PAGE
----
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9 The Witnesses of God (Rev_10-11:18)
With the tenth chapter we reach a pause in the prophecy of the seven trumpet judgments in order that there may be brought before us the ways of God in maintaining a witness for Christ in connection with the earth during the solemn period of the sixth trumpet, or second woe, judgment. This parenthetical portion closes with the statement in Rev 11:14 that "the second woe is past, and behold the third woe comes quickly." This surely indicates that the events described in this portion take place during the second woe, and are immediately followed by the third woe, or seventh trumpet judgment. From the details given in this passage we shall see that the events recorded take place during the period of three and a half years that immediately precede the coming of Christ to claim His earthly kingdom.
(V. 1) The passage opens with a vision of a "mighty angel come down from heaven." From the description that follows we shall surely be right in concluding that in this mighty angel we have a presentation of Christ. He is clothed with a cloud that so often, in Scripture, betokens the Divine Presence. The rainbow that in Rev 4:3 was seen round about the throne is now upon the head of this angel, and sets forth that this is the One through whom God's covenant of mercy with the earth will be carried out. His face like the sun reminds us that in this Person all the glory of God will be set forth and supreme authority displayed. His feet as pillars of fire would indicate that He is treading a path of holy judgment against sin.
(V. 2) In His hand He held "a little book open." From the verses that follow we may infer that the open book refers to the prophecies of the Old Testament, which have been plainly revealed, in contrast to the book with the seven seals that foretells things not disclosed in Old Testament days.Revelation 10 is deeply significant and full of instruction. John is told to take the little open book and "eat it up," and that, so doing, he would find it bitter to his belly, but sweet as honey in his mouth. Does this not set forth the fact that the truth of all that God is to bring in - the unfolding of coming glories - is indeed sweet to our taste, but it involves the setting aside of the flesh, and the utter judgment of all that the flesh lusts after? We have to discover that as believers the flesh is still in us, and hence the truth, however sweet to the taste, involves bitter exercises as it discovers to us the true character of our own hearts. It is necessary not only that we should judge the world around us, but that we also should judge the flesh within us; for if we judge ourselves we shall not be judged. When we have judged the flesh the Lord can use us as witnesses to others, even as John, having passed through these exercises, is told, "Thou must prophesy again as to peoples, and nations, and tongues, and many kings." Isaiah, in his day, had to learn the bitterness of his own visions. In Revelation 6 he sees a vision of the whole earth filled with the glory of the LORD. Surely a sweet foretaste of blessing and glory to come: but immediately he says, "Woe is me! for I am undone; because I am a man of unclean lips." This is the bitter exercise that the word produces as it discovers to him the character of his own heart. But when all is owned he at once finds it is met by a coal from off the altar. So when we discover and own what we are, we find that all has been met by the One that died for us. Having been cleansed by sacrifice Isaiah is the very one that the LORD can send with a message to others (Isa 6:3-10).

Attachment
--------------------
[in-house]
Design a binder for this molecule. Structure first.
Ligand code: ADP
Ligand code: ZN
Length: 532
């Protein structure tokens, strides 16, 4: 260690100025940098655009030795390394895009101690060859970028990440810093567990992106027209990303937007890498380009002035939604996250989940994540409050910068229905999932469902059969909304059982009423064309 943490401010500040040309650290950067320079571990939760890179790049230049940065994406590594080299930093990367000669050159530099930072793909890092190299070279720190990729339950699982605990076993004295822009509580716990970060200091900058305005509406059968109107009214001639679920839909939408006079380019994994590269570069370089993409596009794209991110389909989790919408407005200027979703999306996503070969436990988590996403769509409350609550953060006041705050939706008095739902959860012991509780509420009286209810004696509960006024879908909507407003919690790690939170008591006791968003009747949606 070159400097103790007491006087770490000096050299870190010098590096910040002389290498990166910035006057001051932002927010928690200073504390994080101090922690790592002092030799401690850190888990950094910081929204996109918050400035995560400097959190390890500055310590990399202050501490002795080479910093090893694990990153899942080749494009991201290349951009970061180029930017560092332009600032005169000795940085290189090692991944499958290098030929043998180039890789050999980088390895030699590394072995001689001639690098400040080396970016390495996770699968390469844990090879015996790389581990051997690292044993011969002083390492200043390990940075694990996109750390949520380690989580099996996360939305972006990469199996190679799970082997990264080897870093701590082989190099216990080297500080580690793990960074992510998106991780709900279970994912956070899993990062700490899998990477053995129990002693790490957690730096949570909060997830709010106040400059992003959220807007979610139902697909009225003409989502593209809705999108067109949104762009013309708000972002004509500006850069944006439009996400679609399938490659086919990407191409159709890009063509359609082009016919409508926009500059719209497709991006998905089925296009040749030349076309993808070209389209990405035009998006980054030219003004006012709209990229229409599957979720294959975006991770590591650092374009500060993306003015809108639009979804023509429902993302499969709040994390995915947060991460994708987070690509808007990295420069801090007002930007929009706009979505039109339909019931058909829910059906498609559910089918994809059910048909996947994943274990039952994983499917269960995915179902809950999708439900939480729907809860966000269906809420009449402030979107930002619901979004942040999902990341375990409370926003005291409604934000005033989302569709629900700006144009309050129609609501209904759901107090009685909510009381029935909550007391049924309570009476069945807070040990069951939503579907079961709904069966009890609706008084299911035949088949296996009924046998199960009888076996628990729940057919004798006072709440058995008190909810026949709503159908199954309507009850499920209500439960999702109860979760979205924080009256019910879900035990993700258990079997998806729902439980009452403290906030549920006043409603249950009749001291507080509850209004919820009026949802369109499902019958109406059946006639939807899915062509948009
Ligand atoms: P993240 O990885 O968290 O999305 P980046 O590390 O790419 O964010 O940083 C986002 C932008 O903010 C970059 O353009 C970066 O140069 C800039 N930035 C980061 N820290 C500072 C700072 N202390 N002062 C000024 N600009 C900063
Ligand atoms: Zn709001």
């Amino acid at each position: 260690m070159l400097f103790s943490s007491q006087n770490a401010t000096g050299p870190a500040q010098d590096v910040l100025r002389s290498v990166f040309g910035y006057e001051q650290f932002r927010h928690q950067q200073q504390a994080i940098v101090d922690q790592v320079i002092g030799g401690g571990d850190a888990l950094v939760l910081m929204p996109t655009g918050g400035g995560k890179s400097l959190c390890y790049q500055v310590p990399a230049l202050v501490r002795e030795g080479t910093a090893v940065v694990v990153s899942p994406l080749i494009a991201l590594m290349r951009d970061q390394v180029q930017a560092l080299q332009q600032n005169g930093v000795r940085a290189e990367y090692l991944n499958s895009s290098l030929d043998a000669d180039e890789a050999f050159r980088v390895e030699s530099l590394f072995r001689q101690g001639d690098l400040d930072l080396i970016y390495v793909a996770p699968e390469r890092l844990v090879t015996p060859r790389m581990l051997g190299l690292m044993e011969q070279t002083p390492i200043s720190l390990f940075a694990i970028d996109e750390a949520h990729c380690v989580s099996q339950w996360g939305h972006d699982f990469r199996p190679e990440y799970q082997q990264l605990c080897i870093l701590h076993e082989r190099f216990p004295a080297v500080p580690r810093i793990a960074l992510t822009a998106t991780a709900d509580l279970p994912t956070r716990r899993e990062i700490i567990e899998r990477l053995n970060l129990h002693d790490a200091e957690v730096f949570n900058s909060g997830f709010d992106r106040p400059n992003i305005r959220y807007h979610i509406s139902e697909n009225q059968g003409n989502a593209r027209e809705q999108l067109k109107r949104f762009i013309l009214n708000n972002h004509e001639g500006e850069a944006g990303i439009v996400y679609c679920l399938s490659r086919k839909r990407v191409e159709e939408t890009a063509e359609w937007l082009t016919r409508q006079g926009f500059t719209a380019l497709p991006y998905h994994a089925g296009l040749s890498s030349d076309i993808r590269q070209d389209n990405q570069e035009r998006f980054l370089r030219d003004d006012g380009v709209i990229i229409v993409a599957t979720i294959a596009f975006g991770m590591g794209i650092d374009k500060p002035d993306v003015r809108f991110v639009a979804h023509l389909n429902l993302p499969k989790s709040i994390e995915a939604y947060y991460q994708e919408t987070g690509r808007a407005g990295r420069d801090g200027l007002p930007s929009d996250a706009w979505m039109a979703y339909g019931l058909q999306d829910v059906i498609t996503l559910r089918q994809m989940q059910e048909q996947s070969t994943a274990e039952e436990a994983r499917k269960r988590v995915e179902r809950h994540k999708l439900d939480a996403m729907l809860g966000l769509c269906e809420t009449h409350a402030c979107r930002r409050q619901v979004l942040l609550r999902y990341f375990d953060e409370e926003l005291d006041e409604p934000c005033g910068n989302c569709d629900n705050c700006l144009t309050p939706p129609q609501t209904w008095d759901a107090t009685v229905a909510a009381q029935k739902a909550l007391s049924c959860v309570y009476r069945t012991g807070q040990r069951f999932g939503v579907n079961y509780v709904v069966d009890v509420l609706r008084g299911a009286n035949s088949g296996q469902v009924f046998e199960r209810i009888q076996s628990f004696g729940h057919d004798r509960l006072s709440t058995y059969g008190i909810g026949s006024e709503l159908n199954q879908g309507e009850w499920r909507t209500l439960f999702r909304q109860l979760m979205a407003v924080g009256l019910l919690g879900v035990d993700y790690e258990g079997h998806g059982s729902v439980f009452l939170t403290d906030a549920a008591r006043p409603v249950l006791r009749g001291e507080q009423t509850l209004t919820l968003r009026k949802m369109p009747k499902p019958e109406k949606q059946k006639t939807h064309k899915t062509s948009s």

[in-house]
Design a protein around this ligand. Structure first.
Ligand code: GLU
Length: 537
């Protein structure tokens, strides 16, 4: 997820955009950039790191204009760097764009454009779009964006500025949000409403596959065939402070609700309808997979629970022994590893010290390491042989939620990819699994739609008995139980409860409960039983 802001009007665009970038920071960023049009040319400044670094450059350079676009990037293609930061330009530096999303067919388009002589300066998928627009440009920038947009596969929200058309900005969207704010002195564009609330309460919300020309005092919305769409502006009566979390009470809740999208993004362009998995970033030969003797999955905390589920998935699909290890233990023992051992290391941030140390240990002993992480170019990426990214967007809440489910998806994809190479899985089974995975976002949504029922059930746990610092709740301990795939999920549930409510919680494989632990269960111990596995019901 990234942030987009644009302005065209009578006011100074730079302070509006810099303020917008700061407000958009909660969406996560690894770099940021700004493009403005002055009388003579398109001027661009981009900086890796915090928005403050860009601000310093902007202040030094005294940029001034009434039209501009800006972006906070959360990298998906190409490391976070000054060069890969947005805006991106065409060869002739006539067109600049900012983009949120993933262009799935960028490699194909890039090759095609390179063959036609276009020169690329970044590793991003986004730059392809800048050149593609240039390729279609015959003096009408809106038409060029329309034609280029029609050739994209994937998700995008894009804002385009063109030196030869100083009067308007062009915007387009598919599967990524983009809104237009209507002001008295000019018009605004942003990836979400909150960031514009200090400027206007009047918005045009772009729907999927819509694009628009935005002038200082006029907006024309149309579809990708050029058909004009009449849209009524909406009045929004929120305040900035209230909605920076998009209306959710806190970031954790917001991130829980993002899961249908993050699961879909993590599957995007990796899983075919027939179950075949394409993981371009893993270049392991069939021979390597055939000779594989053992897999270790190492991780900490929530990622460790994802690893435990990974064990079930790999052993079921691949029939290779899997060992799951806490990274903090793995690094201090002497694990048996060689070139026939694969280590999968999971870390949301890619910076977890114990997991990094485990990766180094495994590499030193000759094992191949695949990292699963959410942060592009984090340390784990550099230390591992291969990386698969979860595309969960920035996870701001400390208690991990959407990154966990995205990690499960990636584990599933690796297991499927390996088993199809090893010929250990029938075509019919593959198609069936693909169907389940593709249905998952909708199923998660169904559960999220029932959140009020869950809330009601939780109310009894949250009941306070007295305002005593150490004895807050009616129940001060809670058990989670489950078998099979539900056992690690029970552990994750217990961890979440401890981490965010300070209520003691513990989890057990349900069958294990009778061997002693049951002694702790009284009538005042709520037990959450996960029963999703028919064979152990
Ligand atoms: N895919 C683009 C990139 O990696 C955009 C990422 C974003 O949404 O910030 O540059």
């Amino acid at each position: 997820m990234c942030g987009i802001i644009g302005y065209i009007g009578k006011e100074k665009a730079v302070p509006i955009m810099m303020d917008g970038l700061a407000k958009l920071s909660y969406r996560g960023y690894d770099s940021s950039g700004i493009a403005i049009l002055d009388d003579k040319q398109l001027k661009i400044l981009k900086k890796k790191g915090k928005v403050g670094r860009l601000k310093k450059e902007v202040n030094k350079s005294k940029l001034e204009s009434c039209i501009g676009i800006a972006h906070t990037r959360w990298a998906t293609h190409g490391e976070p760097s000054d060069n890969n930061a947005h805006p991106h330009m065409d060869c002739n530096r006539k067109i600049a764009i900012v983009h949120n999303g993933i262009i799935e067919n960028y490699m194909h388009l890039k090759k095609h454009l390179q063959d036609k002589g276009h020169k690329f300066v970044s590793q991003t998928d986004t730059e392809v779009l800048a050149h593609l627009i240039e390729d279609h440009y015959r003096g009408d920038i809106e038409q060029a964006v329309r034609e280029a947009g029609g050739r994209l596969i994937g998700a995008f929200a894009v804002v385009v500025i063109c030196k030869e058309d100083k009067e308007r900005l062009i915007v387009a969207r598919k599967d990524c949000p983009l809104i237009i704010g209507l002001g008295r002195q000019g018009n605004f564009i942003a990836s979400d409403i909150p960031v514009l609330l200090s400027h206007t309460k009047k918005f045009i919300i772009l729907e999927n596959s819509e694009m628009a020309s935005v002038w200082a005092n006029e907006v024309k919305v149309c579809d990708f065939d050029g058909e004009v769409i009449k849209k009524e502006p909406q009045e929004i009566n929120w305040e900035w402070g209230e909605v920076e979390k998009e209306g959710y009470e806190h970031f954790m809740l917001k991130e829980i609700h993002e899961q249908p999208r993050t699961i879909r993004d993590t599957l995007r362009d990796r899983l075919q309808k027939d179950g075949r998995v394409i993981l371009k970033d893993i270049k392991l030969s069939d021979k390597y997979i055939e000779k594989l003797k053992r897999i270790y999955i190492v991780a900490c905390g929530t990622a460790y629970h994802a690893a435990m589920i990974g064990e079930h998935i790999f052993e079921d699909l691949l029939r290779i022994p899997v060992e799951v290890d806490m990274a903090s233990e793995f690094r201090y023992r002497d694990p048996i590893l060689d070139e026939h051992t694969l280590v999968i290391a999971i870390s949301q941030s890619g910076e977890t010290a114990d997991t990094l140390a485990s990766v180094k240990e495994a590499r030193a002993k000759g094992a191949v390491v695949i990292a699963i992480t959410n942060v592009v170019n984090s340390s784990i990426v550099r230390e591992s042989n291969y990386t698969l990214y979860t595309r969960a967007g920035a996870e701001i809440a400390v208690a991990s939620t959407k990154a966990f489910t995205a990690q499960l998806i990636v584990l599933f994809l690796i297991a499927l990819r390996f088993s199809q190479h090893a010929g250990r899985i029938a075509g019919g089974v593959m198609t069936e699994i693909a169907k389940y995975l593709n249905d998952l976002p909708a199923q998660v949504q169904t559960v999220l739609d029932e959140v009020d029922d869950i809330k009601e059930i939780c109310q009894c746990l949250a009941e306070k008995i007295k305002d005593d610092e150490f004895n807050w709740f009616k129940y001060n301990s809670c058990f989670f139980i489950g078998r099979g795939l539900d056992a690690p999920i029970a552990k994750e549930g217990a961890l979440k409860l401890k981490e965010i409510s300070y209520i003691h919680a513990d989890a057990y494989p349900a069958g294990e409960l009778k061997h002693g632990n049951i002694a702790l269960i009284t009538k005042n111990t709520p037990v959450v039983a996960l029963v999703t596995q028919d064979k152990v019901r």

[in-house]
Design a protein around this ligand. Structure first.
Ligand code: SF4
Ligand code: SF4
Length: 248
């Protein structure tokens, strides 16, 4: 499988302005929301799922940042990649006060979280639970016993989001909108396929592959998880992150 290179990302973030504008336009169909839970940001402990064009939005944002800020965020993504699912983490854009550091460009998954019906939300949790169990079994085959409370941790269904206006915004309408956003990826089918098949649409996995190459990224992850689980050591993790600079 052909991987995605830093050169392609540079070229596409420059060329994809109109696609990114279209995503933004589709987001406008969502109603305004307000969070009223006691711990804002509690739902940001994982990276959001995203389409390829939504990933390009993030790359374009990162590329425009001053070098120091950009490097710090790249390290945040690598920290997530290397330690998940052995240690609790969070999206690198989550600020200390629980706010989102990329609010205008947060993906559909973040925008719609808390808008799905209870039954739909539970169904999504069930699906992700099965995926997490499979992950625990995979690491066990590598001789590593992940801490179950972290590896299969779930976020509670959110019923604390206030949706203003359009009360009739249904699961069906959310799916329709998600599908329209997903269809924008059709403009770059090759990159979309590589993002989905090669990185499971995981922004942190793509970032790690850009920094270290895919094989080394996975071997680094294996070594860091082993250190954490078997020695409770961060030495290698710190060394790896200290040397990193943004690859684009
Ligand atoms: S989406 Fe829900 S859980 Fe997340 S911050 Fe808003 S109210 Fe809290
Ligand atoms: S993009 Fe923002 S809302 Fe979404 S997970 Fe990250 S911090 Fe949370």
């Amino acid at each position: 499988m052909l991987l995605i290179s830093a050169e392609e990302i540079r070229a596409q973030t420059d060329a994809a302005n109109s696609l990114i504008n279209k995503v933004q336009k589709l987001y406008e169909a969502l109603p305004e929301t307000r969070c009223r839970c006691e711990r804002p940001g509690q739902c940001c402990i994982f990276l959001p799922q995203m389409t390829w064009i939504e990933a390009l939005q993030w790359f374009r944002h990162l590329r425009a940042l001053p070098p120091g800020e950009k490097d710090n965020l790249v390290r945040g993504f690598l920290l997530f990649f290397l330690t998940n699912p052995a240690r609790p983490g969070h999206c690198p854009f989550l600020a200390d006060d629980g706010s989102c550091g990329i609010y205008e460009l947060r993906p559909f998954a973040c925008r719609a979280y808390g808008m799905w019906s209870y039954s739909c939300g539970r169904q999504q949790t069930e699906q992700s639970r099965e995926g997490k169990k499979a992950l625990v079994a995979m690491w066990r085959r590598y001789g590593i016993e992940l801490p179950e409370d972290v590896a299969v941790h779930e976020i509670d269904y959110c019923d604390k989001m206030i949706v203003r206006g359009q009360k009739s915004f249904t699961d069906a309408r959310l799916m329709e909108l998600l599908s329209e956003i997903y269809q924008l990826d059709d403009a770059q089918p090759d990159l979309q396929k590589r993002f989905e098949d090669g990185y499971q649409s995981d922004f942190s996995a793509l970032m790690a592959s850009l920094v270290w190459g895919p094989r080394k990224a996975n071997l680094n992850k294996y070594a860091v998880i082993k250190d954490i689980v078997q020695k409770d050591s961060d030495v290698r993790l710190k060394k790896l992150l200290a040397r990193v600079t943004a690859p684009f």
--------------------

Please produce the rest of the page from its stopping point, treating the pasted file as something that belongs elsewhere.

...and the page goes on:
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Smith, Hamilton. "Commentary on Revelation 10". "Hamilton Smith's Writings". https://www.studylight.org/
the Week of Proper 19 / Ordinary 24